Scientists from the Woods Hole Oceanographic Institution have made the first-ever field observations of the world's rarest whale species – Omura's whale – off the coast of Madagascar, according to a news release. After spotting this elusive species in 2011, the international team of researchers were finally able to record the marine animal's foraging and vocal behaviors as well as its habitat preferences.
"Over the years, there have been a small handful of possible sightings of Omura's whales, but nothing that was confirmed," said Salvatore Cerchio, lead researcher who was working with the Wildlife Conservation Society at the time of the study.
Omura's whales have often been misidentified as Bryde's whales due to their similar appearance. Both species are small, tropical baleen whales with similar dorsal fins. However, Omura's are slightly smaller in size with a unique asymmetrical pigmentation on their head and jaw, where the right side is white and the left side is dark.
When researchers caught a glimpse of the Omura's whales in 2011, they too mistook them from Bryde's whales. They were only able to determine the animals were Omura's whales after moving study areas and encountering more of the animals with distinct markings swimming by.
"From the little information on their habitat and range, Omura's whales were not supposed to be in that part of the Indian Ocean," Cerchio explained in the release.
Omura's whales were first identified as a distinct species in 2003, after genetic data was collected and analyzed from old Japanese whaling expeditions off the Solomon and Keeling Islands and a few dead individuals stranded in areas throughout Japan. However, this is the first sighting of the species in the wild and provides vital information about the secretive animals.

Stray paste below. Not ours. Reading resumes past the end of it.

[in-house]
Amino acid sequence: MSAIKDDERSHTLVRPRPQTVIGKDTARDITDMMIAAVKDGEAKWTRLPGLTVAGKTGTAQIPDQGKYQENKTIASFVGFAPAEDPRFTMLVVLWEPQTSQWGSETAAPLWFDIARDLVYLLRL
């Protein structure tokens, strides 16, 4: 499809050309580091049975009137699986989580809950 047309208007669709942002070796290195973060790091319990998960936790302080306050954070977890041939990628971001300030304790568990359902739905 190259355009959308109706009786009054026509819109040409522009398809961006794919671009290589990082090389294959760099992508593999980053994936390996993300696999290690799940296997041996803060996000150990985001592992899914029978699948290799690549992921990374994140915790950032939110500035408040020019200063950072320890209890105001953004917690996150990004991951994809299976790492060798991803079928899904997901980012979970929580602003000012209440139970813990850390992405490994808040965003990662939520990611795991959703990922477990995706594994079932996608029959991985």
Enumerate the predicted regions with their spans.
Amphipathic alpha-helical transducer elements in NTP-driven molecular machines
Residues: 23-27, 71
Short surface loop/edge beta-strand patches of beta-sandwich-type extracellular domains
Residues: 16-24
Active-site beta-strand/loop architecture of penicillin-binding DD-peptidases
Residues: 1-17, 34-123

"They appear to occur in remote regions and are difficult to find at sea because they are small – they range in length from approximately 33 to 38 feet – and do not put up a prominent blow," Cerchio added.
Following their sighting in 2011, researchers observed a total of 44 groups over the course of the following two years. This gave them the opportunity to collect skin biopsies from 18 adult whales, which were then used to confirm the whales' species.
Using hydrophones, researchers were also able to pick up song-like vocalizations, which they suggest could represent a distinctive mating call or other reproductive behavior. However, Cerchio plans to return to the field to continue studying these vocalizations, the release noted.
In total, researchers have been able to catalogue roughly 25 individuals using photographic identifications. Their study was recently published in the Royal Society Open Science journal.
A video of an Omura's whale swimming off the coast of Madagascar can be seen online.
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